Nor are police officers using stereotypes to make lightning quick life or death decisions protecting neighborhood where less than 25% of the residents, according to Harvard Sociologist Orlando Patterson are structurally disconnected and/or mimicking a street culture that is often itself racist and misogynist as well as defiant of authority and laws.

This all crossed my mind recently while driving home from a lakeside retreat in the county north of Durham.

I was mulling over how a heavy-set white woman had been loudly pontificating up and down the isles of a Walmart to anyone who would listen characterizing Durham as a cesspool, albeit one which provided her with job when a pickup flew past in the opposite direction.

Speeding north along Dirgie Mine Road through Allensville it was streaming two huge, 4’ x 6’ Confederate flags on each side of the truck’s bed.

Doing a little stereotyping of my own, I wondered if the occupants were just trying to intimidate the fourth of the residents there who are black.

Or maybe they were returning from one of the demonstrations of support for that bygone symbol or maybe they just proud albeit insensitive and shallow good ole Southern boys.

Researchers use the term disassociation to describe how our minds operate at two levels, one automatic and the other reflective.

This is how so many Americans can profess to be egalitarian but their automatic responses are clearly biased.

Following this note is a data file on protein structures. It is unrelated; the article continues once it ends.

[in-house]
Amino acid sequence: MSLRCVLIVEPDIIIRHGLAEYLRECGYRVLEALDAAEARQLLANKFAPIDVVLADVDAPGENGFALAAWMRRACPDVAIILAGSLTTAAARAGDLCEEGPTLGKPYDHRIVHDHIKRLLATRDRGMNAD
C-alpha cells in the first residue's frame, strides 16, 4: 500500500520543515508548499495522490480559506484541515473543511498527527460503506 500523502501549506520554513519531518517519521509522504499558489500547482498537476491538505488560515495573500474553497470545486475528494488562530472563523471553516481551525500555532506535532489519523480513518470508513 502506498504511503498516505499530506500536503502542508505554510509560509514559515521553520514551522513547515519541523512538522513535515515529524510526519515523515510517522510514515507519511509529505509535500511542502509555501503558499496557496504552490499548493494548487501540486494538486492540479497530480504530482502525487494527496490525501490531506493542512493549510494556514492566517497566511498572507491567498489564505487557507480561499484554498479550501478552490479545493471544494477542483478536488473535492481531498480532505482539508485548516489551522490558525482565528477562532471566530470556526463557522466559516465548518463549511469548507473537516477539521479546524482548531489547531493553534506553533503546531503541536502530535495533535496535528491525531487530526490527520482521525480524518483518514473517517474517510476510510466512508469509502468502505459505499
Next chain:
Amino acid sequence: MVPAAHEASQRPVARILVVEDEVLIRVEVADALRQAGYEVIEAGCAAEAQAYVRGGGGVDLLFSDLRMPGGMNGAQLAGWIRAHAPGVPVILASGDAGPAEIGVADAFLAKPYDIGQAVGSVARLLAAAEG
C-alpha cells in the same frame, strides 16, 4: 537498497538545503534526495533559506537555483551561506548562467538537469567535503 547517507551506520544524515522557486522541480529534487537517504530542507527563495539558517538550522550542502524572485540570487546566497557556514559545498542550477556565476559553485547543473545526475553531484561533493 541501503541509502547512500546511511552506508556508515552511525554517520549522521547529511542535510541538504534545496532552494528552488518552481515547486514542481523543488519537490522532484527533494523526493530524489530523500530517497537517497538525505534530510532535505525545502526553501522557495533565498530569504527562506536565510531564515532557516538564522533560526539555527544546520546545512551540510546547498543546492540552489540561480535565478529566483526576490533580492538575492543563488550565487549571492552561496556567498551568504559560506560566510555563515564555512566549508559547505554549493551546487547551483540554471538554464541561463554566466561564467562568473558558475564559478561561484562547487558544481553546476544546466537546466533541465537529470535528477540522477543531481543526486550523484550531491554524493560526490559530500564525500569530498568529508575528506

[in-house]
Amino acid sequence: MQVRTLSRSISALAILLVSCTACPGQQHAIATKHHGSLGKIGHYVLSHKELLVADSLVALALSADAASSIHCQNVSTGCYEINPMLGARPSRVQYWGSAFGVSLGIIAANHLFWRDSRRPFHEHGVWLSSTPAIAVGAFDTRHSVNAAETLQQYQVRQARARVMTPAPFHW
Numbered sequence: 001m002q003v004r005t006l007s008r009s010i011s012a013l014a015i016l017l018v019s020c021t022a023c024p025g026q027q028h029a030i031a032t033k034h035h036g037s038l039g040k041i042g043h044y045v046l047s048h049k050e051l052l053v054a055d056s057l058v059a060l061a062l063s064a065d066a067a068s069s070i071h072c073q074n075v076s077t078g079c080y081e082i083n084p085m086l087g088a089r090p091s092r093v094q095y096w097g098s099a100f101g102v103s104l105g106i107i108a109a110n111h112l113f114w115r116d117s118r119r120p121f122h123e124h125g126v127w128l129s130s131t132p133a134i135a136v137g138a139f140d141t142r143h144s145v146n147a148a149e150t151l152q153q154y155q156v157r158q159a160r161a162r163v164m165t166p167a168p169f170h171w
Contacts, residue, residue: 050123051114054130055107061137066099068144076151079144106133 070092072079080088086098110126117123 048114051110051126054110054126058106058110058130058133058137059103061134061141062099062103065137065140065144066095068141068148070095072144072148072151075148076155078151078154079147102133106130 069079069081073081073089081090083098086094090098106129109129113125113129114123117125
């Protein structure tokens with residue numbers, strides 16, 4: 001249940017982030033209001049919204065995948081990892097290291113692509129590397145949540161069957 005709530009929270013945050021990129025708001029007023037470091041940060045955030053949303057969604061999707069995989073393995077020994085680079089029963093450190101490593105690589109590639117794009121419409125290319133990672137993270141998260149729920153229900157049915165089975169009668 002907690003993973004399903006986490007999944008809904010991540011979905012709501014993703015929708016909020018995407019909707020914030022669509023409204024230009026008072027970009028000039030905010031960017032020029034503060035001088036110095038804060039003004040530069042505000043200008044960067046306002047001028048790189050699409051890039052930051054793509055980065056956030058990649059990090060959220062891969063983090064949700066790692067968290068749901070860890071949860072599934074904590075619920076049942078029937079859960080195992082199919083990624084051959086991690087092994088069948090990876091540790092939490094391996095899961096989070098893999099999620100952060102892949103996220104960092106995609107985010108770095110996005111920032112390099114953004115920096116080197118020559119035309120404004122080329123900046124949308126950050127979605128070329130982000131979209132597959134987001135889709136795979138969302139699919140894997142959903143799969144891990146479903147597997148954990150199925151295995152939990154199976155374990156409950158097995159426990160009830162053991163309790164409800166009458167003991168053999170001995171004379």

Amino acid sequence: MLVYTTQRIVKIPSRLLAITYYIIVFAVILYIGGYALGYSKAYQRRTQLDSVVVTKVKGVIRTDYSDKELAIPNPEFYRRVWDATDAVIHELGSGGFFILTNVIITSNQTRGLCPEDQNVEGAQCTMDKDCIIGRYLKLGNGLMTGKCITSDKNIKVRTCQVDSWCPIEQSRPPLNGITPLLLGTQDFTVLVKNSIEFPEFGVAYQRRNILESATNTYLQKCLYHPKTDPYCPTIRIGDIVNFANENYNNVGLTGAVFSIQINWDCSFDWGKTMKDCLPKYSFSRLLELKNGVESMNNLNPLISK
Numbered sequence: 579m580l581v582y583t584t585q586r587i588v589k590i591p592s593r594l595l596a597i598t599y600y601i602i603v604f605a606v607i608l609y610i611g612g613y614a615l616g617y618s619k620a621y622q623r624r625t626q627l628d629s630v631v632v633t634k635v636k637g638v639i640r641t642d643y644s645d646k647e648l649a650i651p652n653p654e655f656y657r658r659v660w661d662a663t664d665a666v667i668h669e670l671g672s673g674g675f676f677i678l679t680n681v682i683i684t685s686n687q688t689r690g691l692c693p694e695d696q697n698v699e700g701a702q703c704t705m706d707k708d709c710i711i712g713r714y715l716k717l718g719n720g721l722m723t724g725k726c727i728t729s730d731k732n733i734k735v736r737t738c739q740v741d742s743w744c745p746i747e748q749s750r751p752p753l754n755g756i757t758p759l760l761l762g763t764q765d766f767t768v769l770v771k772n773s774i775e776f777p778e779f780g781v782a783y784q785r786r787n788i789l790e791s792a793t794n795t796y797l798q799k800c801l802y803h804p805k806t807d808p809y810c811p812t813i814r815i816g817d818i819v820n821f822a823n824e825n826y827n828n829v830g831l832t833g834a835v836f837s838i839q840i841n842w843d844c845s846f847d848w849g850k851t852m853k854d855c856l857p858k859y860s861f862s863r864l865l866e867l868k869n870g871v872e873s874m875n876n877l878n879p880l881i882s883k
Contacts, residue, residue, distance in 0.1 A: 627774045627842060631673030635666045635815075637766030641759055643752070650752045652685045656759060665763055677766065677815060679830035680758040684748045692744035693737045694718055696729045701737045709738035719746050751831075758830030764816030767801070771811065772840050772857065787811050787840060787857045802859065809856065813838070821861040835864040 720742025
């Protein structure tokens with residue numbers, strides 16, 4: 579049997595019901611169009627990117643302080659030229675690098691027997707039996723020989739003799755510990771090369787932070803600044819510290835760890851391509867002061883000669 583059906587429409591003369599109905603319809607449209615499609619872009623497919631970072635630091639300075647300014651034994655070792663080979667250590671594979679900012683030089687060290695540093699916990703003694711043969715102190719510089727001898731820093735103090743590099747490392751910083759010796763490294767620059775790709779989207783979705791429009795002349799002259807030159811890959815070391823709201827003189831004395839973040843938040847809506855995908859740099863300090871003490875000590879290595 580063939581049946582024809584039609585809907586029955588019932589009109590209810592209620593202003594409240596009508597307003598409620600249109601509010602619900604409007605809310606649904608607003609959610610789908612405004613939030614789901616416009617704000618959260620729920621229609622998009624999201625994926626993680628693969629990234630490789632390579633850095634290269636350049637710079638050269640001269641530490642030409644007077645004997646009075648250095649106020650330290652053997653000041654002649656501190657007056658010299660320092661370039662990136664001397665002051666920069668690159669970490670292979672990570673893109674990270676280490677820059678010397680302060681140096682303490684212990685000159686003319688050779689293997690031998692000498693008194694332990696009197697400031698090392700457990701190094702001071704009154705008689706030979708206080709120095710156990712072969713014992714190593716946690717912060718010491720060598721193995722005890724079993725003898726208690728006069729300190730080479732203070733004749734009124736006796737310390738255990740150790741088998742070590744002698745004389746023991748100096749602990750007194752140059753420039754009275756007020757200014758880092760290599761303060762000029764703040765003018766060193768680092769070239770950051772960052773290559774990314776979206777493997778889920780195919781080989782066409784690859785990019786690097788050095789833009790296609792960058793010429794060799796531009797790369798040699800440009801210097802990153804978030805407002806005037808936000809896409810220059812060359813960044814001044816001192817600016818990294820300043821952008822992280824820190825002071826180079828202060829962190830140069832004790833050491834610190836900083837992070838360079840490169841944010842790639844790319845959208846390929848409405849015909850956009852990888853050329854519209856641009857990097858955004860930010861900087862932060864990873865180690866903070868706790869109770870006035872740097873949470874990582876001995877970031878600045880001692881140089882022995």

My dad was very egalitarian but reflecting the norms of his youth also very biased when it came to blacks as a group.  Pushing back against his attitudes while growing up I’m sure played a role in propelling me to be much more tolerant and accepting of other groups.

But wondering if I also absorbed an implicit bias when it comes to race, during my summer hiatus from these posts I took the test related to race at Project Implicit.

It was devised in the late 1990s by researchers at the University of Washington, Harvard and the University of Virginia including the two authors of Blindspot, which I also highly recommend.

The test is ingenious for many reasons including that test-takers can’t “game it.”  I suspect that may be because it also measures hesitation.

There are also tests to measure implicit biases based on age, gender, sexuality, weight and religion to name a few.

I turned out to be neutral when it comes to race.  In other words, I am not biased toward or against others on the basis of race.  I have yet to take the other tests but I suspect I may be implicitly biased on the issue of weight.

Take it for yourself, regardless of your ethnicity and especially if you feel or get the impression from others that you may be racist, even somewhat.

It should be require of elected officials seeking to undermine voter rights.